For a taste of local cuisine—like shàn k’auq swèh, noodles bathed in spicy chicken broth—head to 35-year-old Shan 999 Noodle Shop, behind City Hall. Rangoon Tea House, a delightful time warp that honors Yangon’s century-old tea culture, adds a full menu of traditional dishes to its extensive Burmese tea options. Enjoy fresh pennywort salad, zesty curries, and mohinga—a comforting fish and noodle soup considered the national dish of Myanmar—under the hum of whirring ceiling fans. Past meets present at the elegant Le Planteur, where chef Jean-Marc Lemmery’s contemporary interpretations of Indochine cuisine—foie gras is a signature dish—are served in a sprawling, colonial-style manse near Shwedagon Pagoda.

4. The Arts Community Is in Full Bloom

Yangon is home to a thriving community of artists, many of whom find inspiration in Myanmar’s fraught history and uncertain future. Among the top galleries are River Gallery, run by New Zealand–born Gill Pattison in a historic downtown house; it represents some of Myanmar’s most recognizable talents, including Htein Lin, Zaw Win Pe, and Soe Moe. Artist, poet, and entrepreneur Aun Soe Min, a champion of the Myanmar culture scene, showcases works by both emerging and established artists at Pansodan Art Gallery. At his more recent venture, Pansuriya, rare vintage and contemporary photography accompany an ever-expanding menu of Burmese food, along with poetry readings and art talks. At New Treasure Art Gallery, a new space in Yangon’s northern Bahan township, artist Min Wae Aung draws inspiration from Myanmar’s Buddhist heritage for his own works, which he displays alongside more than 300 paintings from 60 fellow artists, many of them promising young talent.

5. Rosewood Yangon Has Opened

The luxury property occupies an impressive former courthouse built in 1932 by architect Thomas Oliphant and engineering firm Dorman Long—the company behind Sydney Harbor Bridge and the colonial railways of India. Renowned Burmese historian Dr. Thant Myint-U and his Yangon Heritage Trust oversaw the meticulous restoration that transformed the building, with its dramatic three-story Ionic columns, into the new 205-room Rosewood.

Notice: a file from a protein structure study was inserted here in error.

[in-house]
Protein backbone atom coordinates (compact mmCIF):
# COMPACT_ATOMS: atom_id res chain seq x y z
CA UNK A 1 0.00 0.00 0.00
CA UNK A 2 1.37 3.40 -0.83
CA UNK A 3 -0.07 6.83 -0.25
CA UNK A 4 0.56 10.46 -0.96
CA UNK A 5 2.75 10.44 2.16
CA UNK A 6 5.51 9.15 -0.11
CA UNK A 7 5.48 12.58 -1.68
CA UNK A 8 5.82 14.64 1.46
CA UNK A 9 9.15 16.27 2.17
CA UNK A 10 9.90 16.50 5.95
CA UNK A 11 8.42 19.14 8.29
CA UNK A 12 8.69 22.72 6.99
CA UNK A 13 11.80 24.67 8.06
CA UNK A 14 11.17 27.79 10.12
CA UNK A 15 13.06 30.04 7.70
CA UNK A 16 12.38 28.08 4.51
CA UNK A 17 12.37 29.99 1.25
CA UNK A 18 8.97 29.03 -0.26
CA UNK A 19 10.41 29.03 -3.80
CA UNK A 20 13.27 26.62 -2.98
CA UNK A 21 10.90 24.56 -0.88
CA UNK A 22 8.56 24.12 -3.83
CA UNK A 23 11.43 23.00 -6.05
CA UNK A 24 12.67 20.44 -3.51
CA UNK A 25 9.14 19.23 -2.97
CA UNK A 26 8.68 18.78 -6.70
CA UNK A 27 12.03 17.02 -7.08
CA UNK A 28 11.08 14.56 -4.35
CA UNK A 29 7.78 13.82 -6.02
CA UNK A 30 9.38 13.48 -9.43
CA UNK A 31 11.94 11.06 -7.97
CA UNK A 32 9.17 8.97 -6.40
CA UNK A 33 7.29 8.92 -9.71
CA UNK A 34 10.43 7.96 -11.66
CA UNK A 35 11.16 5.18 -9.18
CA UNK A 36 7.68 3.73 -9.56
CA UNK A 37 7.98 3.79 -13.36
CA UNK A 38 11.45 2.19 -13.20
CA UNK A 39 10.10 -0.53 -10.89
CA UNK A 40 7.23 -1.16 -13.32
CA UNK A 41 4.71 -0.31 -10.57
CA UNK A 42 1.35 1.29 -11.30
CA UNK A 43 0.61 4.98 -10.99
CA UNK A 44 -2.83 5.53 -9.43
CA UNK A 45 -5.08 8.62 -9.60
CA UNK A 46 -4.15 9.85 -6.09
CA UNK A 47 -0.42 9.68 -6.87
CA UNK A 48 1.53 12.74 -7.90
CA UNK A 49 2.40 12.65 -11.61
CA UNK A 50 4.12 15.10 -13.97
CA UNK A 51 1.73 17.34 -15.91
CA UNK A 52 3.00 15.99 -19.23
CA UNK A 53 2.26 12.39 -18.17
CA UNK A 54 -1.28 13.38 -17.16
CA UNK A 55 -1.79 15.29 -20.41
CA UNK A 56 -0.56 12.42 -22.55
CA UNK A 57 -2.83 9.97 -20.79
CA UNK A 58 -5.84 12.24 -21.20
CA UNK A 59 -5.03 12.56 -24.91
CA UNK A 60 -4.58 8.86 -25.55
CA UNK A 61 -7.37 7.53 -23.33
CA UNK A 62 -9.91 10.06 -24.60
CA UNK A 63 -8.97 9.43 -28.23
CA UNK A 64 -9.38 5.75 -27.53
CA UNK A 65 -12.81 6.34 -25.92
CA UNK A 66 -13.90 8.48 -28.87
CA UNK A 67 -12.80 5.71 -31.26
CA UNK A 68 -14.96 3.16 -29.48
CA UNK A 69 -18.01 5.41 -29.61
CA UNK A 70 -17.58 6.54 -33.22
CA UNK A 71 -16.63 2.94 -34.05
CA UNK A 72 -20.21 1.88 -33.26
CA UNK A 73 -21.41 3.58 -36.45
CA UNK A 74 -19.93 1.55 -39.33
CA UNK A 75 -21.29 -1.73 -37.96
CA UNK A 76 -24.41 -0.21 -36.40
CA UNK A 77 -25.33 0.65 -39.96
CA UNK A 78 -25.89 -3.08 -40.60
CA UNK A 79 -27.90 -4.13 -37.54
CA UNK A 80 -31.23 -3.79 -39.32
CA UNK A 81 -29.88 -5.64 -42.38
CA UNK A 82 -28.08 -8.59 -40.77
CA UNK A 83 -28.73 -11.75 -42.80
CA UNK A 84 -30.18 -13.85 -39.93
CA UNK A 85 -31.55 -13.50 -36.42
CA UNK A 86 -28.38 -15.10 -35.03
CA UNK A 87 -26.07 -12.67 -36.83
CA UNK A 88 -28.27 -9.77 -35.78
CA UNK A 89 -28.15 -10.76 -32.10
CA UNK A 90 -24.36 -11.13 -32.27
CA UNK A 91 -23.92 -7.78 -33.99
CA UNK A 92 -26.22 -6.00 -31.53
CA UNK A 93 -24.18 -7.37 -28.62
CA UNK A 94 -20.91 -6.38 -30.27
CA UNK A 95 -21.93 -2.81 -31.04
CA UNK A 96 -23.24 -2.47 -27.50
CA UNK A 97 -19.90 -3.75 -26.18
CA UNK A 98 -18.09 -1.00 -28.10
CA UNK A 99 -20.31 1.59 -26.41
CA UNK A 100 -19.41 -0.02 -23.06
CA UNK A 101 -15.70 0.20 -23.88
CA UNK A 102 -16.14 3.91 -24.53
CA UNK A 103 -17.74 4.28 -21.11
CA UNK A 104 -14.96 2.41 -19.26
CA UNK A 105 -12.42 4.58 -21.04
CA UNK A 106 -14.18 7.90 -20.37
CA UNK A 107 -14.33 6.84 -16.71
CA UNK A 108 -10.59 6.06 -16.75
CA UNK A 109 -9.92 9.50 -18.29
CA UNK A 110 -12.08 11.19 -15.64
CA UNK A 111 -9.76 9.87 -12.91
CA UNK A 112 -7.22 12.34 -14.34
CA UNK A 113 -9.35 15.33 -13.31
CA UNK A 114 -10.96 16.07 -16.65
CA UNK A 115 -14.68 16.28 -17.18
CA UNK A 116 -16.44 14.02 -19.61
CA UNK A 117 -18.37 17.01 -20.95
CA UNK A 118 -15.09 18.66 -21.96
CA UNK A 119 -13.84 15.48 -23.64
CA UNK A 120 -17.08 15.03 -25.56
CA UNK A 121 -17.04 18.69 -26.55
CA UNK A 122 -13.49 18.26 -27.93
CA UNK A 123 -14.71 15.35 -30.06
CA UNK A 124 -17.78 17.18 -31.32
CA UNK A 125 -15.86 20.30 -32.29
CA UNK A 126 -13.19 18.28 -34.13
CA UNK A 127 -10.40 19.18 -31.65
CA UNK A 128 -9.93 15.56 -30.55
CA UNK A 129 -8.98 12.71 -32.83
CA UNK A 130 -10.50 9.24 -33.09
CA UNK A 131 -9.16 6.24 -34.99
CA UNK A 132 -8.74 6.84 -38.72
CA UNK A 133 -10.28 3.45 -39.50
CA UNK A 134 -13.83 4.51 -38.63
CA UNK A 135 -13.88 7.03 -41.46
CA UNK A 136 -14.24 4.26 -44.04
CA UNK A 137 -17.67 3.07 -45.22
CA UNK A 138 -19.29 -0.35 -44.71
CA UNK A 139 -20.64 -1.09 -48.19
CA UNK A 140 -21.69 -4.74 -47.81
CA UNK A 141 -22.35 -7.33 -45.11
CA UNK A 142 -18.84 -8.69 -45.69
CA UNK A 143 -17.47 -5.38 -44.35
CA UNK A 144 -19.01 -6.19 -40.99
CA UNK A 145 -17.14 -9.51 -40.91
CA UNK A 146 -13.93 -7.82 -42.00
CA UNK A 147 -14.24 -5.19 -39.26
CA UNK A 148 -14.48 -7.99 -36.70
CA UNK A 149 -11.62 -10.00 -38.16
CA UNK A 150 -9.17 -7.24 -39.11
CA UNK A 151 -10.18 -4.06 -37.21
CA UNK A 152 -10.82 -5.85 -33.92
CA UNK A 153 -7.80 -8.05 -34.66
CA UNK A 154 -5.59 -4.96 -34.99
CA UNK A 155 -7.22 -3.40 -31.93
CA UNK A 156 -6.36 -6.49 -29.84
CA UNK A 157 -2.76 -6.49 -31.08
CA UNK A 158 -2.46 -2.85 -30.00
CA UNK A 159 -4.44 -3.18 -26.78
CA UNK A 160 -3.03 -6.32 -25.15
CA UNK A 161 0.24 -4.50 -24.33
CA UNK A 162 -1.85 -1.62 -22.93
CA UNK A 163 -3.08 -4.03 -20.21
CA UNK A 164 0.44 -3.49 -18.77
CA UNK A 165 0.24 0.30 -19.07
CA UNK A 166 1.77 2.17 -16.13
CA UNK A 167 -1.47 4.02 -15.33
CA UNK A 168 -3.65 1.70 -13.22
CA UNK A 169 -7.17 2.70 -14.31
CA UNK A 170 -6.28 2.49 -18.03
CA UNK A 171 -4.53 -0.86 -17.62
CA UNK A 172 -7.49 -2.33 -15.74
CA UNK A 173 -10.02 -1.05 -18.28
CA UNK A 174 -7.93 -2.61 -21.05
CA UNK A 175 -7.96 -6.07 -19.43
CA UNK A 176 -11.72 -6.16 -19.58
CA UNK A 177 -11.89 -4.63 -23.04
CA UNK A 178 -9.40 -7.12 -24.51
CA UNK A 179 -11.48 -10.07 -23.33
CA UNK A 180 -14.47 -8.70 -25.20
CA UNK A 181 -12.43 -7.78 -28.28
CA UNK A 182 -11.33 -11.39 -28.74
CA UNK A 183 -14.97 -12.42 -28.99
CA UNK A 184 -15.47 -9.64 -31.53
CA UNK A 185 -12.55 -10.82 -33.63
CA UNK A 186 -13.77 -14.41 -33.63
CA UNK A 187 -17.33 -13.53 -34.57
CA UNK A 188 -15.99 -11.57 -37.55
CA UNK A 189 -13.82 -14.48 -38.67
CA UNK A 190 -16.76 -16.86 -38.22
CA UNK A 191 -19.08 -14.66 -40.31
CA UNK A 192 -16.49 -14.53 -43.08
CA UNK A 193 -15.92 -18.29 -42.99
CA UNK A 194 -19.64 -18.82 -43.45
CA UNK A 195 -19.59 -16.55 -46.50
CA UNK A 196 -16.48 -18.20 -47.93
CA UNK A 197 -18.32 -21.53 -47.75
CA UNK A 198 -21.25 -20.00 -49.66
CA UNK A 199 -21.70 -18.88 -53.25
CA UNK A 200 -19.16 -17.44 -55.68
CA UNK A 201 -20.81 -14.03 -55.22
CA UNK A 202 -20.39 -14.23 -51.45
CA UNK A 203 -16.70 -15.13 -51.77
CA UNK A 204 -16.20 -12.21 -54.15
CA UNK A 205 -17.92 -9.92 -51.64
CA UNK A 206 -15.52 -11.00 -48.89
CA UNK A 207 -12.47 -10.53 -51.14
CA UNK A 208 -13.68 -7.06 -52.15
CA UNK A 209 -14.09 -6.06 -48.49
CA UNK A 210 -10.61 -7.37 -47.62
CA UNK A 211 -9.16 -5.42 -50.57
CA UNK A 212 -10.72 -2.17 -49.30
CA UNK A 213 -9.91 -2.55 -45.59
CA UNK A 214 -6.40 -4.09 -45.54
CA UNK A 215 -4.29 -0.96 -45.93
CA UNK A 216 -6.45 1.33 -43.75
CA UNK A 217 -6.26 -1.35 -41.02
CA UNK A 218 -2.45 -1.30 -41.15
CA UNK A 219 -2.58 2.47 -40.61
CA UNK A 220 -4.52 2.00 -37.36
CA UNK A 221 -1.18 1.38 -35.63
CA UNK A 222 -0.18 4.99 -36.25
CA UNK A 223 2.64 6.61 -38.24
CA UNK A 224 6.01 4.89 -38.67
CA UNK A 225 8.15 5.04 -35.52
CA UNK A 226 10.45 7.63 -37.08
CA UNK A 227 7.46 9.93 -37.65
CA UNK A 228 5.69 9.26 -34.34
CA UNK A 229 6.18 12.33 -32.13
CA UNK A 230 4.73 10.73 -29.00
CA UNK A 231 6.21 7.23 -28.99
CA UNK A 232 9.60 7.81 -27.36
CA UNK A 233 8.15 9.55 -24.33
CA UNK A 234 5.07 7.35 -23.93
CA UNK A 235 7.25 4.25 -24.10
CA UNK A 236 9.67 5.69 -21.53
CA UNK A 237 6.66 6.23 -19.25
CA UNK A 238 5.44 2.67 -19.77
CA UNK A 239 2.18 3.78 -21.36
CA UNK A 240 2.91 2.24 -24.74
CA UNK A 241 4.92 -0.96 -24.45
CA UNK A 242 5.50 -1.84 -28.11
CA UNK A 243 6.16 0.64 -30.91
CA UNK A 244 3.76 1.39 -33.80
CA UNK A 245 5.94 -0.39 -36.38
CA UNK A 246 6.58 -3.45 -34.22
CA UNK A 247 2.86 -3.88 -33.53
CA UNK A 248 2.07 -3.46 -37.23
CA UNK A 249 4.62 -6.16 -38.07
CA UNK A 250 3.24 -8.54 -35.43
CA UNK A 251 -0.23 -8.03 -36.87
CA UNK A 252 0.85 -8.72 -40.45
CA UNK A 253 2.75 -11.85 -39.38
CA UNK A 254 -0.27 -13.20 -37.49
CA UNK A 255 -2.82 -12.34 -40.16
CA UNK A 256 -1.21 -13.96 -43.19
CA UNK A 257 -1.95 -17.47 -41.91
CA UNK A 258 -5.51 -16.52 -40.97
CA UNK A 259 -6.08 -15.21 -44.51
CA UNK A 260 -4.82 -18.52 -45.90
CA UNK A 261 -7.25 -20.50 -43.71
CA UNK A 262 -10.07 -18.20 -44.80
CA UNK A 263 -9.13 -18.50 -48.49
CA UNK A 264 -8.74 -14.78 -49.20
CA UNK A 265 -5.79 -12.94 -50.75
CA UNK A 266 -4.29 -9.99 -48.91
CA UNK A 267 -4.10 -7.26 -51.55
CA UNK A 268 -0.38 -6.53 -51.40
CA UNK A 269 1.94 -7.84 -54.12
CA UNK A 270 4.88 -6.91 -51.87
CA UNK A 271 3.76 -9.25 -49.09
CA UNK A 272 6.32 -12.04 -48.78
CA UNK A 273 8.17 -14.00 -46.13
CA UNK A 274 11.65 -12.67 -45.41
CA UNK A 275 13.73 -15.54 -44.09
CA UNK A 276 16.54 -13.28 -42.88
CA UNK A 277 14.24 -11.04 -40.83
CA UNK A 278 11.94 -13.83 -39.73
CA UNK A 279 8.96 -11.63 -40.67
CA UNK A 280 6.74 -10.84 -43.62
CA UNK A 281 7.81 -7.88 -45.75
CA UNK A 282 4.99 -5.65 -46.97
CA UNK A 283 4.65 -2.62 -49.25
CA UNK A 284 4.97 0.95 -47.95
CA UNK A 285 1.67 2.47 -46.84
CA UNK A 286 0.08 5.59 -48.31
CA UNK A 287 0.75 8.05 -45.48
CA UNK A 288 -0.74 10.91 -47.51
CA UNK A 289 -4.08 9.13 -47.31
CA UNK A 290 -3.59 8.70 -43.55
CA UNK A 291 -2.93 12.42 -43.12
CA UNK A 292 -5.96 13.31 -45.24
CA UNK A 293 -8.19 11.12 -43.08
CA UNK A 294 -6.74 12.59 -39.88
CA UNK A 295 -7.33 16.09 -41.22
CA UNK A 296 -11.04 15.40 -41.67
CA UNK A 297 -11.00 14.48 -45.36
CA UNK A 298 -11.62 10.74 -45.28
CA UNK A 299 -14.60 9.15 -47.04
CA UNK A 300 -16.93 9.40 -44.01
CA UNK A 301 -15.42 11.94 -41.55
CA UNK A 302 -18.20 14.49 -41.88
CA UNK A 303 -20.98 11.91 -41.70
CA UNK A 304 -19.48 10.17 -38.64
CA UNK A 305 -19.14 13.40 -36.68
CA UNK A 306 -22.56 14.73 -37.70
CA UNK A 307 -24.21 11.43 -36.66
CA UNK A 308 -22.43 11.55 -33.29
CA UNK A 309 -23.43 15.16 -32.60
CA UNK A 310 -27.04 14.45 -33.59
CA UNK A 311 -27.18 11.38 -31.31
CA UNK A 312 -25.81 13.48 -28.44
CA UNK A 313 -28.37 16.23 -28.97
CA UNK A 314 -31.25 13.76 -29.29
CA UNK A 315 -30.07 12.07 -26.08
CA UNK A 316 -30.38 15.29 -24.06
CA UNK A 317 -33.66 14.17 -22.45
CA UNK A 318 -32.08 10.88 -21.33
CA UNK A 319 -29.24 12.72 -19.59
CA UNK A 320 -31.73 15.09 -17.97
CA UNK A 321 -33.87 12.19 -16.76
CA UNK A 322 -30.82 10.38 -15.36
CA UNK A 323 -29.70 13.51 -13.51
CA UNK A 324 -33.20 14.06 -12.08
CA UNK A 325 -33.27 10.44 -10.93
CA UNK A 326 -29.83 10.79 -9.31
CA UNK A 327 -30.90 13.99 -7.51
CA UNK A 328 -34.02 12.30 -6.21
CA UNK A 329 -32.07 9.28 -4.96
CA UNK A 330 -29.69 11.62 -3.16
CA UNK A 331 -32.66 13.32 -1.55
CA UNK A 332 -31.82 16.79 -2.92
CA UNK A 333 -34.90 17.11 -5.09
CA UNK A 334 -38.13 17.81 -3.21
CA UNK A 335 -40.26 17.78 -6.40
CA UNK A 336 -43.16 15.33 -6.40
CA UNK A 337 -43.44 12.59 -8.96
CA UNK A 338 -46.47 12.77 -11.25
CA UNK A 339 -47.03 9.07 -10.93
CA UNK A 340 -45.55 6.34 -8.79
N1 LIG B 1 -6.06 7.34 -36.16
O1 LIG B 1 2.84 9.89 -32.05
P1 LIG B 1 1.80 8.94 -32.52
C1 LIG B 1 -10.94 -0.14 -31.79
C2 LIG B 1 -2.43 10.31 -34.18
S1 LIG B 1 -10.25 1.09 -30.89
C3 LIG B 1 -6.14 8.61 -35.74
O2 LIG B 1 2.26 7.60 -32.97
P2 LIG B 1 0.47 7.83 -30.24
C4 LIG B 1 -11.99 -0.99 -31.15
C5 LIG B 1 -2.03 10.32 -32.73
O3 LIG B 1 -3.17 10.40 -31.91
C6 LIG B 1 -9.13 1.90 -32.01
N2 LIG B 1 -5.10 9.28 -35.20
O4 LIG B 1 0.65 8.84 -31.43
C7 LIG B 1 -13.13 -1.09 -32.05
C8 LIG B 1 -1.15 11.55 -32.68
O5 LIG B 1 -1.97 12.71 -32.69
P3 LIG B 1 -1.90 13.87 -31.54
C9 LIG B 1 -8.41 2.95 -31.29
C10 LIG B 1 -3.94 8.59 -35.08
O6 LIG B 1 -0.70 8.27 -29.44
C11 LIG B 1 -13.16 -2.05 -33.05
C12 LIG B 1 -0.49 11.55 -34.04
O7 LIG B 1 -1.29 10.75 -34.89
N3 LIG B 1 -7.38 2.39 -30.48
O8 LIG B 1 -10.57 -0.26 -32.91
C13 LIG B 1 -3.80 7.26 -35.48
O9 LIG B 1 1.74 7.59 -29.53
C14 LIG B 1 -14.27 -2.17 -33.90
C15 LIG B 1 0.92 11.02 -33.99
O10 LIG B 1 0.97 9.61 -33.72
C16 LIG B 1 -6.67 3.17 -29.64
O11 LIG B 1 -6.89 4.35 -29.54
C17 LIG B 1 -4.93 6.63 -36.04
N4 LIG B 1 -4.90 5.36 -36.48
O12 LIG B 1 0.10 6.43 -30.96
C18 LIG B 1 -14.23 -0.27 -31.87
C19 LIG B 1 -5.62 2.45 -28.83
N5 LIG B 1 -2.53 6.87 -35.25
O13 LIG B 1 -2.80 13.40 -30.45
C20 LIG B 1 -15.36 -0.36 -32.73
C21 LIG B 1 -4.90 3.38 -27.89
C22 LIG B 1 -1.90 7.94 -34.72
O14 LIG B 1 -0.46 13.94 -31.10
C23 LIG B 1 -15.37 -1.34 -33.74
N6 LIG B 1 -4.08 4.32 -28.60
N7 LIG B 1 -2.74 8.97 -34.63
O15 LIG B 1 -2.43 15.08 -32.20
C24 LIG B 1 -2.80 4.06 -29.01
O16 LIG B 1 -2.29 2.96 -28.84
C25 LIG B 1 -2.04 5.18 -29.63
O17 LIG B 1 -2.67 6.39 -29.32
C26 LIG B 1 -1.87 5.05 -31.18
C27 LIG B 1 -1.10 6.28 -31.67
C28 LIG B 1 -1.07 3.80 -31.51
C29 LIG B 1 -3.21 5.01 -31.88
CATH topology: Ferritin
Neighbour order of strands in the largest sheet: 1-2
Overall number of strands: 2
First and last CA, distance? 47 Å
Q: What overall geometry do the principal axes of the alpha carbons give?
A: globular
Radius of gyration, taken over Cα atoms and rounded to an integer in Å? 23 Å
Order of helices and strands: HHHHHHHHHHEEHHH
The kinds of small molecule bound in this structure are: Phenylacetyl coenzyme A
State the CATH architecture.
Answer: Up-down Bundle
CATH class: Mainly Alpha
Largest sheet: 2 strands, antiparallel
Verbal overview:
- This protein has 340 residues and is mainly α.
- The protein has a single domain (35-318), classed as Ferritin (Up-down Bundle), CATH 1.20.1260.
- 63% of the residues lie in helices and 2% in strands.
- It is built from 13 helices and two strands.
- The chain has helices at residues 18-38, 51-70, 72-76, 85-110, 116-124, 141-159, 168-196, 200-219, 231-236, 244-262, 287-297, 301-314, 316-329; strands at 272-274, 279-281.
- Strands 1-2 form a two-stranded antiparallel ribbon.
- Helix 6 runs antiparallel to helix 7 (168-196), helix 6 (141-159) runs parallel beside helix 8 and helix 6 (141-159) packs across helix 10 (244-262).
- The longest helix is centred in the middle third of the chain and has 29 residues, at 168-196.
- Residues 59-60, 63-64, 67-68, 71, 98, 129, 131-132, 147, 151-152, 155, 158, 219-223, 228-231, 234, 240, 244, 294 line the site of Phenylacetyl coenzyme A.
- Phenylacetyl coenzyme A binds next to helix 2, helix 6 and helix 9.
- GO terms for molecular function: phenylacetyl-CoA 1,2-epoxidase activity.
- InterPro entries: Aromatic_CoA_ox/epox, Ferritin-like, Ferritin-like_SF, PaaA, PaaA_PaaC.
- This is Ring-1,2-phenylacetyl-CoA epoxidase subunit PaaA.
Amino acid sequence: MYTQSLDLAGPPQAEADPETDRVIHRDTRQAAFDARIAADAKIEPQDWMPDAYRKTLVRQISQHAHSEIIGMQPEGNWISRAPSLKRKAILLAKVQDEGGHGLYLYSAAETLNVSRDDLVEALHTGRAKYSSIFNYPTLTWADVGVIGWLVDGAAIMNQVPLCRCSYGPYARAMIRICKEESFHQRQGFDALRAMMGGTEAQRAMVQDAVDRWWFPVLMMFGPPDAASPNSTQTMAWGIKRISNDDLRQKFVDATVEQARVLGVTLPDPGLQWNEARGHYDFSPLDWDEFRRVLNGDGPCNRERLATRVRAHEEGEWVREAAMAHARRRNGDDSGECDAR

Guests will enter through a striking single-story colonnade fronting the Yangon River along Pansodan Street, better known as The Strand. The grand lobby is notable for its original bronze elevator doors and teak handrails, while upstairs, the Burmese-influenced guestrooms and suites feature high ceilings and abundant natural light. Five distinct eating establishments include a panoramic rooftop bar with views across the city.

Visit Rosewood Yangon

Details

Shwedagon Pagoda: Ar Zar Ni Street

Armenian Orthodox Church of St John the Baptist: 66 Bo Aung Kyaw Street; +95 1-242-318

Methodist Episcopal Church: 63 Alan Pya Pagoda Street; +95 1-379-820

Musmeah Yeshua Synagogue: 85 26th Street; +95 1-252-814

Pomelo: 89 Thein Phyu Road; +95 1-295-358

Hla Day: 81 Pansodan Street, 1st Floor; +95 9-45224-1465

FXB: 294/3 Shwegondine Road; +95 1-556-324

Yoyamay: #20, Main Front Building (Upstairs), Bogyoke Market, Bogyoke Aung San Road; +95 9-45002-9481

Yangon Bakehouse: Pearl Condo, Block C, Ground Floor, Kabar Aye Pagoda Road; +95 9-797-008040

Shwe Sa Bwe: 20 Malikha Street; +95 9-42100-5085

Shan 999 Noodle Shop: 130b 34th Street; +95 1-389-363

Rangoon Tea House: Ground Floor, 77-79, Pansodan Street, Lower Middle Block; +95 9-979-078681

Le Planteur: 80 University Avenue Road; +95 1-514-230

River Gallery: 33/35, 37th and 38th Street; +95 9-783-209485

Pansodan Art Gallery: 1st Floor, 286, Pansodan Street; +95 9-513-0846

Pansuriya: 102 Bogalayzay Street; +95 9-778-949170

New Treasure Art Gallery: 84 Thanlwin Road; +95 9-42107-7040

Yangon Heritage Trust: +95 1-240-544

 

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Written By: Cynthia Rosenfeld

2.11.20

Locations: Yangon